The US House Energy and Commerce Committee has included a US$150 billion Clean Energy Performance Programme (CEPP) as part of its US$3.5 trillion budget reconciliation package that would see power companies penalised or supported for the amount of renewable energy they produce.
Under the plan, the US Department of Energy (DOE) would either pay or penalise electricity suppliers based on how much clean energy they provide to their customers. From 2023 through to 2030, suppliers who increase their renewable energy provision by 4% on the previous year would receive grants equal to US$150 for each MWh above 1.5% of the previous year’s clean energy target.
These grants, however, must be used to benefit customers through “including direct bill assistance, investments in qualified clean electricity and energy efficiency and worker retention,” according to a House Committee Fact Sheet.
On the other hand, suppliers that do not increase the renewables in their mix by at least 4% will owe a payment to the DOE based on the shortfall. For example, if the supplier only boosts its renewables by 2%, it would owe US$40 for each MWh in that 2% shortfall.
The plan also sees US$2.5 billion invested in “low income solar”, which constitutes planning and installing solar facilities and community solar projects in low-income areas. “Funding will also support development of these facilities in underserved areas and areas with high energy burden,” the Fact Sheet said.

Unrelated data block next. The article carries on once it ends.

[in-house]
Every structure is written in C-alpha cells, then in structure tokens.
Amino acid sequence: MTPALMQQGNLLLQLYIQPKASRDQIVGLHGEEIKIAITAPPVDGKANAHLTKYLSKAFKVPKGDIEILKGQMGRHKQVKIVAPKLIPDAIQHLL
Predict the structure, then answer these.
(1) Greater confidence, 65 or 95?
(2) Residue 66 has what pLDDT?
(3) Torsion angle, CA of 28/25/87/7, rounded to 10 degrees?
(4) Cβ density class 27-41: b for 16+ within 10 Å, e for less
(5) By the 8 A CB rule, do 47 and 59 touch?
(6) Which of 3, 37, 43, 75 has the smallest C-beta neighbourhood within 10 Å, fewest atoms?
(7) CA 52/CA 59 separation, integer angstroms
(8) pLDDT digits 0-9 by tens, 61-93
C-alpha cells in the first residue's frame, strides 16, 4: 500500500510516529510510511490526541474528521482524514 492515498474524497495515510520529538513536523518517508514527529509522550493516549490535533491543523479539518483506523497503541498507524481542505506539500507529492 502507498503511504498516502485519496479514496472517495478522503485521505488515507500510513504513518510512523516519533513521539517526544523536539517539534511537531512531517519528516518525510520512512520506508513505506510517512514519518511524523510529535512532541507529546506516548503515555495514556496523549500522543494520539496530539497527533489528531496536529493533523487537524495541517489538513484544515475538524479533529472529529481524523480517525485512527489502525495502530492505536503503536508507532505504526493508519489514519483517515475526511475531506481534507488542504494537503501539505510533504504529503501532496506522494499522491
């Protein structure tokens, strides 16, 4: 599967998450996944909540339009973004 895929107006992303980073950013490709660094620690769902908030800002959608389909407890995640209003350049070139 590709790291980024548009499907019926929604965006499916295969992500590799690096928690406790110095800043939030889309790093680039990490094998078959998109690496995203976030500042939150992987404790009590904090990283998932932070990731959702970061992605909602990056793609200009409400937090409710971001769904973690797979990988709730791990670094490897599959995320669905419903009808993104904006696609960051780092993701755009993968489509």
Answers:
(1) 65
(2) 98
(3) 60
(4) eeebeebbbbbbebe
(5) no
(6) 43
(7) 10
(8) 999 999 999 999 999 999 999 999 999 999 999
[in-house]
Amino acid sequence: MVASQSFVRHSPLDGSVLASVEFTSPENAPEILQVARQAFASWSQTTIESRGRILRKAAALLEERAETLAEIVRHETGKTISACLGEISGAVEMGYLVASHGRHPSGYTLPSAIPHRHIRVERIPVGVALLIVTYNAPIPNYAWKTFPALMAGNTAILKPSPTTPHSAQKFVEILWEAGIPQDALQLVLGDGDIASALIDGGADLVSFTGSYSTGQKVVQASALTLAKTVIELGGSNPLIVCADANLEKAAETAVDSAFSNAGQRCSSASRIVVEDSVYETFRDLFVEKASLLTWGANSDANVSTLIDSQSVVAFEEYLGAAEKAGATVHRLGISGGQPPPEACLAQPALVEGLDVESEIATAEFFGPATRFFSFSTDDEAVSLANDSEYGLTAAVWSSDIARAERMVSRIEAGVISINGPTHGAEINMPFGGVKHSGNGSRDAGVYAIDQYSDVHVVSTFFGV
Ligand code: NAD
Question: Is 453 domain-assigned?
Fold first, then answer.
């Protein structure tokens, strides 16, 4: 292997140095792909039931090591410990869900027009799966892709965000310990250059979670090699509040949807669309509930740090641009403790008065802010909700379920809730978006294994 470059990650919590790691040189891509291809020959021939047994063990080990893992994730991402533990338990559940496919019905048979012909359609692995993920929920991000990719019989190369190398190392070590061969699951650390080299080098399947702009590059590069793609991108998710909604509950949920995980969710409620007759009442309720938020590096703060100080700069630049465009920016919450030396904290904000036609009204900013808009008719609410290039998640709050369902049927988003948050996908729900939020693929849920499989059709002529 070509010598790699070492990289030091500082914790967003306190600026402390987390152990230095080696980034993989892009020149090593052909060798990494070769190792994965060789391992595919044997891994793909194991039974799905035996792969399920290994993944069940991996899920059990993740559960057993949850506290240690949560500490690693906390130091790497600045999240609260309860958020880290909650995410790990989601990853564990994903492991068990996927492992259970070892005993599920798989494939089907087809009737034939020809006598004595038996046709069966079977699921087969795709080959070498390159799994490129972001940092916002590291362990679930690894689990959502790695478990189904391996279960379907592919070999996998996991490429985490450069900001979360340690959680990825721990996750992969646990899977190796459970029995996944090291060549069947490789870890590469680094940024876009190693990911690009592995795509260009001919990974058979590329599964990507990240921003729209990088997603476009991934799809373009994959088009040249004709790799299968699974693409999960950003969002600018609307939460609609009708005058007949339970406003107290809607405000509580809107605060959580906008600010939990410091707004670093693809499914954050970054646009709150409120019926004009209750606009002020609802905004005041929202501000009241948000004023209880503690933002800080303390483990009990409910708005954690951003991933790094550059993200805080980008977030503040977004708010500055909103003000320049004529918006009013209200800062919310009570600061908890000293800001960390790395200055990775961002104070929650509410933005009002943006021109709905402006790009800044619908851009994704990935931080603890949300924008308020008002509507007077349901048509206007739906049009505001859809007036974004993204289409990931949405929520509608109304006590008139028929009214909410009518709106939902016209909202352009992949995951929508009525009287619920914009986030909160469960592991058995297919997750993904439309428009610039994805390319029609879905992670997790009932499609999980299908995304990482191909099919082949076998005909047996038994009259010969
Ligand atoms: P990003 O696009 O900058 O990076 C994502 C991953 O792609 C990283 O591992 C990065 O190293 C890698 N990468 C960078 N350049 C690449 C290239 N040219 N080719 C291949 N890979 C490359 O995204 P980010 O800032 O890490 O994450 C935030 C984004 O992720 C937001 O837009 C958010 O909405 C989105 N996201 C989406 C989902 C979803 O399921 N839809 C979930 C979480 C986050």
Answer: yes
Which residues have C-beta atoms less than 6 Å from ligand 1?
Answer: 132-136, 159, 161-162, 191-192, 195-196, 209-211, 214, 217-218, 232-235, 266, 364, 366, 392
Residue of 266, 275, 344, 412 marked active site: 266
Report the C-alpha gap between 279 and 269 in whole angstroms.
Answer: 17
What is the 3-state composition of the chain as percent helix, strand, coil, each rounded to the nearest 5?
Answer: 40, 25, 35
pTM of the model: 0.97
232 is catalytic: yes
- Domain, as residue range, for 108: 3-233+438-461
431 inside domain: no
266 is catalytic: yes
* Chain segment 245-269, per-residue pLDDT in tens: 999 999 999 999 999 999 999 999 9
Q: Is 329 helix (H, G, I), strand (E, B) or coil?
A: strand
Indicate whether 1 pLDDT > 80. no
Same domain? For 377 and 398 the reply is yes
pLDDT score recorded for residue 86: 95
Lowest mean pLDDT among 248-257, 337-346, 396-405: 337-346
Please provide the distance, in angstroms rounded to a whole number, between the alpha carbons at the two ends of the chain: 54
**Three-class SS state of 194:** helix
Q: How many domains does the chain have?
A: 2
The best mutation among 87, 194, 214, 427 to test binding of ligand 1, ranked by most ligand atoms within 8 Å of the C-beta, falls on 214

Other key inclusions in the Build Back Better Act include: a US$13.5 billion investment in electric vehicle infrastructure; US$5 billion to help replace certain heavy-duty vehicles with zero emission vehicles through a new grant with the Environmental Protection Agency (EPA); a US$9 billion boost to help create a “21st Century energy grid”; US$17.5 billion for decarbonising federal buildings and fleets; US$18 billion in home energy efficiency; and a whopping US$27.5 on a greenhouse gas reduction fund through the “rapid deployment of low- and zero-emission technologies”.
The US Senate returned yesterday (13 September) from its August recess and now faces a hectic couple of weeks as democrat leaders and lawmakers face a number of critical deadlines, with the US$3.5 trillion infrastructure plan just one of them.
So far, Republicans are united in their opposition to the bill. However, through a budget reconciliation, US Democrats do not need a full majority in both the Senate and House. Although, the legislative procedure could see these recommendations amended in negotiations across the aisle.
Also yesterday, the US House of Representatives finally unveiled proposals which would extend the Solar Investment Tax Credit (ITC) for 10 years at 30%, but only for projects meeting certain labour conditions.
It follows more than 750 US organisations co-signing a letter calling on Congress to push through policies to significantly ramp up renewables deployment.